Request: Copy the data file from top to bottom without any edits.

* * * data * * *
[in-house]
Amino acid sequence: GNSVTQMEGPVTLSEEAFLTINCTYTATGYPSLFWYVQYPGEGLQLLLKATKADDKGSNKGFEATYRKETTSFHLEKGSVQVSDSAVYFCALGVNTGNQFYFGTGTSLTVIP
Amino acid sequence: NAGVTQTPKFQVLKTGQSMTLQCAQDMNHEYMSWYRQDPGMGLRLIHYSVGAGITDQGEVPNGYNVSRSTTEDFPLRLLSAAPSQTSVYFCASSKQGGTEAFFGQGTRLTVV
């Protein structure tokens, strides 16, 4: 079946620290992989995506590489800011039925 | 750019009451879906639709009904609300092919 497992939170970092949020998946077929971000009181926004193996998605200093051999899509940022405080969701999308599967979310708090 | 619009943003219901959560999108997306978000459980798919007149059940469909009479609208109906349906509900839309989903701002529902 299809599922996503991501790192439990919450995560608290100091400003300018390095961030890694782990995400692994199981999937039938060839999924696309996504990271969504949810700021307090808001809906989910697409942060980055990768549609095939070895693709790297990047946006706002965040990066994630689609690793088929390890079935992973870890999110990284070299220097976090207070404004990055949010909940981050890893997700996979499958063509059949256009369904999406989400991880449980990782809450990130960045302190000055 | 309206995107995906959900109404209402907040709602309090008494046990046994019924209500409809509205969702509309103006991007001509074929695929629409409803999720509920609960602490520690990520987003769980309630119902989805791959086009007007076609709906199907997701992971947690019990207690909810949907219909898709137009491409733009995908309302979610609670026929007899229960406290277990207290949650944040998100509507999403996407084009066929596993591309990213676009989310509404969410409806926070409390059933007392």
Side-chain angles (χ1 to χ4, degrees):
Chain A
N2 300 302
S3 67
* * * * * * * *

[in-house]
Amino acid sequence: GNSVTQMEGPVTLSEEAFLTINCTYTATGYPSLFWYVQYPGEGLQLLLKATKADDKGSNKGFEATYRKETTSFHLEKGSVQVSDSAVYFCALGVNTGNQFYFGTGTSLTVIP
Amino acid sequence: NAGVTQTPKFQVLKTGQSMTLQCAQDMNHEYMSWYRQDPGMGLRLIHYSVGAGITDQGEVPNGYNVSRSTTEDFPLRLLSAAPSQTSVYFCASSKQGGTEAFFGQGTRLTVV
């Protein structure tokens, strides 16, 4: 079946620290992989995506590489800011039925 | 750019009451879906639709009904609300092919 497992939170970092949020998946077929971000009181926004193996998605200093051999899509940022405080969701999308599967979310708090 | 619009943003219901959560999108997306978000459980798919007149059940469909009479609208109906349906509900839309989903701002529902 299809599922996503991501790192439990919450995560608290100091400003300018390095961030890694782990995400692994199981999937039938060839999924696309996504990271969504949810700021307090808001809906989910697409942060980055990768549609095939070895693709790297990047946006706002965040990066994630689609690793088929390890079935992973870890999110990284070299220097976090207070404004990055949010909940981050890893997700996979499958063509059949256009369904999406989400991880449980990782809450990130960045302190000055 | 309206995107995906959900109404209402907040709602309090008494046990046994019924209500409809509205969702509309103006991007001509074929695929629409409803999720509920609960602490520690990520987003769980309630119902989805791959086009007007076609709906199907997701992971947690019990207690909810949907219909898709137009491409733009995908309302979610609670026929007899229960406290277990207290949650944040998100509507999403996407084009066929596993591309990213676009989310509404969410409806926070409390059933007392």
Side-chain angles (χ1 to χ4, degrees):
Chain A
N2 300 302
S3 67